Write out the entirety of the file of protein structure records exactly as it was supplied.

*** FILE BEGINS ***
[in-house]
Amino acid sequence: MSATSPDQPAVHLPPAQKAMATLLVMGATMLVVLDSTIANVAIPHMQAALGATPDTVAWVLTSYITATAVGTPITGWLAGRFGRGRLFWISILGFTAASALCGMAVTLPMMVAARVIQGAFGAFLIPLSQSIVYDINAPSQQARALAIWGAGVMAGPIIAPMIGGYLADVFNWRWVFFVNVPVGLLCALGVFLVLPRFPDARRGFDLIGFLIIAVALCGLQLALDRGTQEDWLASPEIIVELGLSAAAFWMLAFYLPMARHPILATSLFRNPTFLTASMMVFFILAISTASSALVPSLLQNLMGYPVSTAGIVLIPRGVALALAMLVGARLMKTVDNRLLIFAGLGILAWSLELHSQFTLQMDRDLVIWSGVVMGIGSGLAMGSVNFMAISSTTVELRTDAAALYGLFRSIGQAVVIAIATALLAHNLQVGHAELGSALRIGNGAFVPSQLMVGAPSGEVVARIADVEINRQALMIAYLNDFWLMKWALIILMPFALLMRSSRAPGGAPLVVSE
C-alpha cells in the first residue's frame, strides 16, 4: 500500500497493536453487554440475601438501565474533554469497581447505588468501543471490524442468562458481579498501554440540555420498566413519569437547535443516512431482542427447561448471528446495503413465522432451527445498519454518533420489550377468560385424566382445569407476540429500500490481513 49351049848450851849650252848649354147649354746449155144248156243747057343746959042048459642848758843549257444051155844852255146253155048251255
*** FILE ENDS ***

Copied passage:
[in-house]
Amino acid sequence: MSATSPDQPAVHLPPAQKAMATLLVMGATMLVVLDSTIANVAIPHMQAALGATPDTVAWVLTSYITATAVGTPITGWLAGRFGRGRLFWISILGFTAASALCGMAVTLPMMVAARVIQGAFGAFLIPLSQSIVYDINAPSQQARALAIWGAGVMAGPIIAPMIGGYLADVFNWRWVFFVNVPVGLLCALGVFLVLPRFPDARRGFDLIGFLIIAVALCGLQLALDRGTQEDWLASPEIIVELGLSAAAFWMLAFYLPMARHPILATSLFRNPTFLTASMMVFFILAISTASSALVPSLLQNLMGYPVSTAGIVLIPRGVALALAMLVGARLMKTVDNRLLIFAGLGILAWSLELHSQFTLQMDRDLVIWSGVVMGIGSGLAMGSVNFMAISSTTVELRTDAAALYGLFRSIGQAVVIAIATALLAHNLQVGHAELGSALRIGNGAFVPSQLMVGAPSGEVVARIADVEINRQALMIAYLNDFWLMKWALIILMPFALLMRSSRAPGGAPLVVSE
C-alpha cells in the first residue's frame, strides 16, 4: 500500500497493536453487554440475601438501565474533554469497581447505588468501543471490524442468562458481579498501554440540555420498566413519569437547535443516512431482542427447561448471528446495503413465522432451527445498519454518533420489550377468560385424566382445569407476540429500500490481513 49351049848450851849650252848649354147649354746449155144248156243747057343746959042048459642848758843549257444051155844852255146253155048251255